There is an old occult maxim which declares that—" Nothing is concealed from him who knows." No Mason is bound to conceal that which he has never learned in the Lodge. All else he receives as he learns any thing, places his own estimate upon its value, and becomes individually responsible for its use. It must be a matter of conscience, and be weighed in the balance of duty, and every one must abide by the result. If Masonry has lost the Royal Secret, or if it never possessed it, or if it was wrenched away in the very name of Religion little more than a century ago, all the same, it belongs to the Craft as the Heir-apparent of the Old Wisdom. But the time has come when no cable-tow can bind it. It now belongs to Humanity equally with the Mason. To this end has it been preserved throughout the centuries.

Friday, January 21, 2011

Riding The Goat

It is my pleasure to introduce you to the “Goat”, the much maligned mythical God that symbolically once stood for something greater, only to find himself used to strike fear in the ignorant and used as comic relief in solemn initiate ceremonies by individuals that understand little of it's symbolic significance.
If truth be told, this symbol the “Goat” is not a goat at all, its actually a veiled symbol for a philosophy known as Pantheism.
Before you continue please understand that I am not preaching the philosophy of Pantheism, yet I do believe those on the initiate path should consider its principal teaching when unlocking meaning of esoteric symbols.

If we undertake to trace the original meaning of the word "Pantheism," we shall have to go back to Greek mythology. There we find that the ancient Greek shepherds used to believe in a god, whom they worshipped, and whom they called Pan.
They believed that that god Pan was the god of the flocks and the shepherds; that he was the guardian of the fishermen and of the bee-keepers; he was the patron of all persons occupied in hunting and in fishing. This god Pan has been described poetically as having the head and trunk of a man, with horns and goat's beard, pug-nose, pointed ears, and tail, and with goat's feet. He was very fond of music. He was the inventor of the shepherd's flute, which he used to play upon. This poetic description of the god Pan is nothing but the crude, imperfect symbolization of the conception of God which the shepherds of those days had. The picture is a symbol of the spirit of nature which exists in man, in beasts, in fishes, in birds, in insects, in plants. The shepherds thus understood the kinship which exists among all living creatures and things. Gradually this idea was changed, was extended. The god Pan became the god of the hills, mountains, rivers, etc., and afterwards he came to be identified with every personified object of nature.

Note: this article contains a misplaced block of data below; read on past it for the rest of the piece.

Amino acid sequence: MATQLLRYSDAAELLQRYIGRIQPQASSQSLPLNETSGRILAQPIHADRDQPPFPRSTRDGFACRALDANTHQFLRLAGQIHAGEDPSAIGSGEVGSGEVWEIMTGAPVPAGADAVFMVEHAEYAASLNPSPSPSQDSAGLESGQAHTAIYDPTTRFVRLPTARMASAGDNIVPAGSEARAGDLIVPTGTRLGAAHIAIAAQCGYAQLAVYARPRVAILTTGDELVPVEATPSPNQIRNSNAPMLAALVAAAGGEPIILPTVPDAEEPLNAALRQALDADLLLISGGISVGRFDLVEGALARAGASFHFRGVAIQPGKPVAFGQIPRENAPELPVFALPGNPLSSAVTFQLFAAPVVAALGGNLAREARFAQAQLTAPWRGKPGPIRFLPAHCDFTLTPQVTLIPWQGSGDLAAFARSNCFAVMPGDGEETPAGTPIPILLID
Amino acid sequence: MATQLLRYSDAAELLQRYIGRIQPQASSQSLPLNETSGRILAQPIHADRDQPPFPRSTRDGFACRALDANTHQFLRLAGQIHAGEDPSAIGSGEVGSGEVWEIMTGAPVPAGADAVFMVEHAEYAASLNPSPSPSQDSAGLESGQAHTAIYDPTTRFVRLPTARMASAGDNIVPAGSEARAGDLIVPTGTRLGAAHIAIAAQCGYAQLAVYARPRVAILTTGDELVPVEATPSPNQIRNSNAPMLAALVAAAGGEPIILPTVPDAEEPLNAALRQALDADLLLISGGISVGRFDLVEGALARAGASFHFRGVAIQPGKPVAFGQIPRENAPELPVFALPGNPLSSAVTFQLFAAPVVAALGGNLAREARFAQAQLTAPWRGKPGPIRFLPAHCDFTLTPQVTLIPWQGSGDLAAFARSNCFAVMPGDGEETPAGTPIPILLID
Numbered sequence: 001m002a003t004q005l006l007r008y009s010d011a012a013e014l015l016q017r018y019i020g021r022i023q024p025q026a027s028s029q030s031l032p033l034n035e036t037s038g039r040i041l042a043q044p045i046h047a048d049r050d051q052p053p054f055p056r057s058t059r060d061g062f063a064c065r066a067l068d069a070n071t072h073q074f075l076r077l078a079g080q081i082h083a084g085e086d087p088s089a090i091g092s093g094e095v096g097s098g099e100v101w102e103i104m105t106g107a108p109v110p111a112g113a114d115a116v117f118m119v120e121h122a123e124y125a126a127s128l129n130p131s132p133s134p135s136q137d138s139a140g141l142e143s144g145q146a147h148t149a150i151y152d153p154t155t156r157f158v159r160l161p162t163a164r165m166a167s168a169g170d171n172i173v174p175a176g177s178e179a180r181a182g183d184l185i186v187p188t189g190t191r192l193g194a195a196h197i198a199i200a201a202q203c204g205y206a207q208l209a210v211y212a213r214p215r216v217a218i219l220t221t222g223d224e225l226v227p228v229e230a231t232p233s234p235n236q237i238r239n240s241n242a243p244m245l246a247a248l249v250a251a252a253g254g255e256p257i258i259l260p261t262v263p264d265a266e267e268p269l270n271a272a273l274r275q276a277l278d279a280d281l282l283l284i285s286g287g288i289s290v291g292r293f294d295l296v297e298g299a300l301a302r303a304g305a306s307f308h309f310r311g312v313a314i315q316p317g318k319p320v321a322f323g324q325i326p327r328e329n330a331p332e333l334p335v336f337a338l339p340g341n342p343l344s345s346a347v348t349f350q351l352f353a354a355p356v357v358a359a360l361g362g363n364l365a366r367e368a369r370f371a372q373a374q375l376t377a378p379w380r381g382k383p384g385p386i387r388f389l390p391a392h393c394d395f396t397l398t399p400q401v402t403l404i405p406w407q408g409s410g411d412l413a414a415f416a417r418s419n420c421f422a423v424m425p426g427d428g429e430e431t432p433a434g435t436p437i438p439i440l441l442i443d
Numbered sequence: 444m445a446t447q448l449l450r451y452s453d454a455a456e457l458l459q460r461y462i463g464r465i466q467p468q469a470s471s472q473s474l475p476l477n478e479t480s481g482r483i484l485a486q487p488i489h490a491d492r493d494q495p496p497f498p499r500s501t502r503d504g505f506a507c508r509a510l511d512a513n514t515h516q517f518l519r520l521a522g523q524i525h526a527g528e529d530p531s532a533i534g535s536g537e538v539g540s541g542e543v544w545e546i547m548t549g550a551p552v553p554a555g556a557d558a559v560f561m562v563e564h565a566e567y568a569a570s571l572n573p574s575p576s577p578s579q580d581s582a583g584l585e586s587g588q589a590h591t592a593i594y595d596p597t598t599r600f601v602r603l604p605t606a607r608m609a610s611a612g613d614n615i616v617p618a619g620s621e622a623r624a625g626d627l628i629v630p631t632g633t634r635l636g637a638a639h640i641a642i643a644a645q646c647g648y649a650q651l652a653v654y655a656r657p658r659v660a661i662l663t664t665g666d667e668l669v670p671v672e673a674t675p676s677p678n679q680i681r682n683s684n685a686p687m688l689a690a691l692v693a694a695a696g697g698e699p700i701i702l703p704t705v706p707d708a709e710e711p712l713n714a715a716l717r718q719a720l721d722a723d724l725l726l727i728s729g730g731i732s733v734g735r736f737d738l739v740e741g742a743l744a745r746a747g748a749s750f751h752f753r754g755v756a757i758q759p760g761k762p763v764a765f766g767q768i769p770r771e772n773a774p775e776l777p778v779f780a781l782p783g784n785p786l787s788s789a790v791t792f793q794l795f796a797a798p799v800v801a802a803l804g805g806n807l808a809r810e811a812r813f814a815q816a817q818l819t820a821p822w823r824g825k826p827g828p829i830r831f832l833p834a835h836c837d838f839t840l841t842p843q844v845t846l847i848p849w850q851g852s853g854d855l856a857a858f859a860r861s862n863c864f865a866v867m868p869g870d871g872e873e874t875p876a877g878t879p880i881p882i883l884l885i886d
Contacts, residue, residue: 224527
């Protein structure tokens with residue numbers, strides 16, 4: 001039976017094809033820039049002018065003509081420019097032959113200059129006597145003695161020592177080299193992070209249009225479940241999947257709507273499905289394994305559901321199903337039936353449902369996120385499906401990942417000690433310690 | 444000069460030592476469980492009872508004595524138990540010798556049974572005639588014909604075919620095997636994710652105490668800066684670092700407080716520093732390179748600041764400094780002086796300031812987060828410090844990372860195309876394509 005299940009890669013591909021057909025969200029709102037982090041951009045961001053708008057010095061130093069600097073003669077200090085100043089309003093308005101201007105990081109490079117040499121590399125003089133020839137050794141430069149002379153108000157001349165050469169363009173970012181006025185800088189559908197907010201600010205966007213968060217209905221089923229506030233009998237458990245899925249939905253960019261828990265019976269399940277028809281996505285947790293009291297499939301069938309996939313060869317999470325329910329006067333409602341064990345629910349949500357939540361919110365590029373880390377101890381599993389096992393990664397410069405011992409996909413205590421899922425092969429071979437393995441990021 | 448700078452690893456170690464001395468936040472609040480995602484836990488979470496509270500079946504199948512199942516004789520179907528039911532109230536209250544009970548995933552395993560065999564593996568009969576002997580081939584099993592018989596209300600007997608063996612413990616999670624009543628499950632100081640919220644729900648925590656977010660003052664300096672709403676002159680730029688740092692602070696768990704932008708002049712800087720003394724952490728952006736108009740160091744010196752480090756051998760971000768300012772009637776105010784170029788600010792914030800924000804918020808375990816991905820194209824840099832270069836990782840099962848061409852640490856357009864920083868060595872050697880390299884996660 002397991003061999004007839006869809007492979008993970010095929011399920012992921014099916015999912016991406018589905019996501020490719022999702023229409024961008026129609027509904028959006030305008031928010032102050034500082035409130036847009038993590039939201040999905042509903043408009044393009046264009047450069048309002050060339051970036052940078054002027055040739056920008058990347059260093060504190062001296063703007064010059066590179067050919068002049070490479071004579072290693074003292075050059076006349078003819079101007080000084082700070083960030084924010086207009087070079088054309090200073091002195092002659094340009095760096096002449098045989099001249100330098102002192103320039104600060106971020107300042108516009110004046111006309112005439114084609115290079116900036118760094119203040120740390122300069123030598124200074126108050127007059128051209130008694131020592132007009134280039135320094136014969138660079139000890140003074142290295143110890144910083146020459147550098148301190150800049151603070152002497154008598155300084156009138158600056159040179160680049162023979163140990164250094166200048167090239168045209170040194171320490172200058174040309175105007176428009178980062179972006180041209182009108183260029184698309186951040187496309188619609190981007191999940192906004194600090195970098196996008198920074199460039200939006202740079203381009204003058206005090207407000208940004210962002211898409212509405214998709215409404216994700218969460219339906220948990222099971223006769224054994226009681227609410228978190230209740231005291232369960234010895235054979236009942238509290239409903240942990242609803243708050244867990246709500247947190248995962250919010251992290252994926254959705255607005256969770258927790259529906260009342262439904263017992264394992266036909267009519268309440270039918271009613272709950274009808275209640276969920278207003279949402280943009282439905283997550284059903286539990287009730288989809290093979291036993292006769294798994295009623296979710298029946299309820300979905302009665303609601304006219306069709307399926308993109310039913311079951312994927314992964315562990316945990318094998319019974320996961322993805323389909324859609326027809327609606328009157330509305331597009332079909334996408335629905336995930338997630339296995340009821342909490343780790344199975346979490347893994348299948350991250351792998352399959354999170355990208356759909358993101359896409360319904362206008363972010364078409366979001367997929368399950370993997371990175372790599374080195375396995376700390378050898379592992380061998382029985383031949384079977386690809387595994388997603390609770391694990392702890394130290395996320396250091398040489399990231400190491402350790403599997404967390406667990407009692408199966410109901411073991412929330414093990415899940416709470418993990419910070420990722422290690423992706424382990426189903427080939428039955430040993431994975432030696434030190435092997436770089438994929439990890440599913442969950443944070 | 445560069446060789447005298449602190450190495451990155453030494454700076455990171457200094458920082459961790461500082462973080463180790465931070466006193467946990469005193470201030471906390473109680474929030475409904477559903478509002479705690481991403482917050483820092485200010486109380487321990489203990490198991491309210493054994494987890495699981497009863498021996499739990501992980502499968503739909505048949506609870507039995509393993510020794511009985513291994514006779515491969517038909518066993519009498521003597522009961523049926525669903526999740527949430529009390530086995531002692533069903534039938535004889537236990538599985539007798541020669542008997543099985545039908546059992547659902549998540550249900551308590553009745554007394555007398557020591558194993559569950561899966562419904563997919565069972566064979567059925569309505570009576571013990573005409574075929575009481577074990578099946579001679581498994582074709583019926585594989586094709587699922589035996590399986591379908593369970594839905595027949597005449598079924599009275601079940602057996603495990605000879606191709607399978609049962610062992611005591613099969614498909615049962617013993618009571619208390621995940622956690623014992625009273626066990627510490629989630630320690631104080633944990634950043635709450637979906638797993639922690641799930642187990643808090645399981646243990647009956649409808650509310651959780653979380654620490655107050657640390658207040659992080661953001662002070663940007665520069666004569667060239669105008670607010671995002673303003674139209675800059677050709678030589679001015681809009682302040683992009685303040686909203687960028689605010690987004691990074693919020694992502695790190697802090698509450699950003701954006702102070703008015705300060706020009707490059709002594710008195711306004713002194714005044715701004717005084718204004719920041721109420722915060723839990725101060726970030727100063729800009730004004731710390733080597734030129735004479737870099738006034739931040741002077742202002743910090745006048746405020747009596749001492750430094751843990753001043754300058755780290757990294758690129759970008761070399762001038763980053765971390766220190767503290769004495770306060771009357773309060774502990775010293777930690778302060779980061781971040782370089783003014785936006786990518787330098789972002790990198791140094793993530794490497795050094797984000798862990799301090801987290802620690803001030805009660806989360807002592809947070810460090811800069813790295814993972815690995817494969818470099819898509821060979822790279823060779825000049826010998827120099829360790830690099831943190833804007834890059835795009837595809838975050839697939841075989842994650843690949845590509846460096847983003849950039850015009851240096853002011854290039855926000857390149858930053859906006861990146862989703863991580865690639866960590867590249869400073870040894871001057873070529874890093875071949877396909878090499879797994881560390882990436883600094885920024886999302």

Pan means all, and theism means belief in a god. Pantheism in its rudest forms was universal godism. It asserts the consubstantiation of God with nature.

In 1600 Giordano Bruno was burned at Rome for his Pantheistic opinions. When he was asked what he believed in, he said that he did not believe in creation, but he believed in the world as an emanation of the Infinite Mind. He said: "To realize God everywhere, to see God everywhere, and to realize that He alone Is, and all else is perishable phenomena and passing illusion; that there is one intelligence existing in God, in man, in beast, and in all that we call matter; this would be the aim of true philosophy."
Am I asserting that Pantheism is the path of the hoodwinked?
No, I tend to see our progression towards a more idealistic monistic philosophy, one described beautifully by physisist Amit Goswami, “Pantheism is very limited. When Westerners started going to India, they thought it was pantheistic because it has many, many gods. Indian philosophy tends to see God in nature—they worship rocks sometimes, that kind of thing—so Westerners thought it was pantheistic, and only later did they realize that it has a transcendent dimension. In fact, the transcendent dimension is developed extremely well in Indian philosophy, whereas in the West, it is hidden in a very few esoteric systems, such as those of Gnostics and of a few great masters like Meister Eckhart. In Jesus' teachings, you can see it in the Gospel according to Thomas. But you have to really dig deep to find that thread in the West. In India, in the Upanishads, the Vedanta, and the Bhagavad Gita, it is very explicit.

Now, pantheism sounds very good, but it's only part of the story. It's a good way to worship; it's a good way to bring spirituality into your daily life because it is good to acknowledge that there is spirit in everything. But if we just see the diversity, if we just see the God in everything, but don't see the God which is beyond every particular thing, then we are not realizing our potential. We are not realizing our Self. And so, truly, Self- realization involves seeing this pantheistic aspect of reality, but also seeing the transcendent aspect of reality.”

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